I can't wait to have these mini panettone for breakfast on Christmas morning with a big cup of coffee or tea. Since we usually have a large Christmas lunch we typically do not eat much for breakfast. These mini panettone will be the perfect festive treat to tide us over until lunch.I grew up eating panettone at Christmas. A Christmas visit to family was not complete without at least one panettone.
Panettone is a traditional italian Christmas bread. It has an almost brioche like texture and is typically dotted with various dried fruit and candied citrus peels. I have had many different flavours of panettone over the years ranging from plain topped with a dusting of icing sugar to a panettone filled with ice cream. For a while, I knew I wanted to combine the flavours of orange, cranberry and white chocolate. I just wasn't sure what the vehicle was going to be. Chewy cookie? Biscotti? Muffin? So many possibilities! Surprise, surprise I decided to use these flavours in a mini panettone.
I was nervous about making panettone - it seemed daunting. The long list of ingredients, multiple rise times and the addition of yeast made it seem like there were too many factors that could go wrong. While researching and looking at various recipes some required that you make the panettone over multiple days, while others had extremely long rise times. I wanted something that could be made over an afternoon. I decided to adapt a recipe from one of favourite cook books, Butter Celebrates. The dough will need to rise twice and each rise takes around 90 minutes which is something to keep in mind when making the recipe. It is the perfect to make on a Sunday afternoon.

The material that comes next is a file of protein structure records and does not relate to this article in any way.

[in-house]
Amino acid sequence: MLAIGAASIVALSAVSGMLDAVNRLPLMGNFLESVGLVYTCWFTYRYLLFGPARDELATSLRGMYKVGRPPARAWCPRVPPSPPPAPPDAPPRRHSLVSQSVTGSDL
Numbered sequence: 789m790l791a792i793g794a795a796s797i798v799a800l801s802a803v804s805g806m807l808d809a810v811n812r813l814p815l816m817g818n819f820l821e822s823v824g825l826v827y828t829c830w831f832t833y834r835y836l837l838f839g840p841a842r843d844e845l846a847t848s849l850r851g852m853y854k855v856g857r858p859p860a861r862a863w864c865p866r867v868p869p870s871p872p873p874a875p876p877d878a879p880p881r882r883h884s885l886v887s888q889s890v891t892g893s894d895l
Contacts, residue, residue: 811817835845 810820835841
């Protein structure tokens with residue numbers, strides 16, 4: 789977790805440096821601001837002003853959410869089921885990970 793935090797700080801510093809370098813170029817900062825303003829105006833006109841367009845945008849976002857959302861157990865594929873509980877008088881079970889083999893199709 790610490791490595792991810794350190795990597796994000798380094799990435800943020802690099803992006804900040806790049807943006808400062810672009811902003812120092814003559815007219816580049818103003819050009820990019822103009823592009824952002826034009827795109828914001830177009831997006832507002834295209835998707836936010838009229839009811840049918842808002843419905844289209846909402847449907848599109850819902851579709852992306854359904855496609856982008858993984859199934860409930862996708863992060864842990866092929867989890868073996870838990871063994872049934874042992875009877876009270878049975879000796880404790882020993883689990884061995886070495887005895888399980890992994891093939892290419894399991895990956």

Mini Orange Cranberry White Chocolate Panettone
Yield: 12 mini panettone
Time: 30 minutes active time, 3 hours rise time
Notes: When melting the butter and heating the milk take care not to over heat it. If the mixture is too hot it will kill the yeast. To test if your milk mixture is too hot, dip a finger in it. If it feels to hot for you (or for a child) then wait until it cools down a bit before adding it to the flour mixture.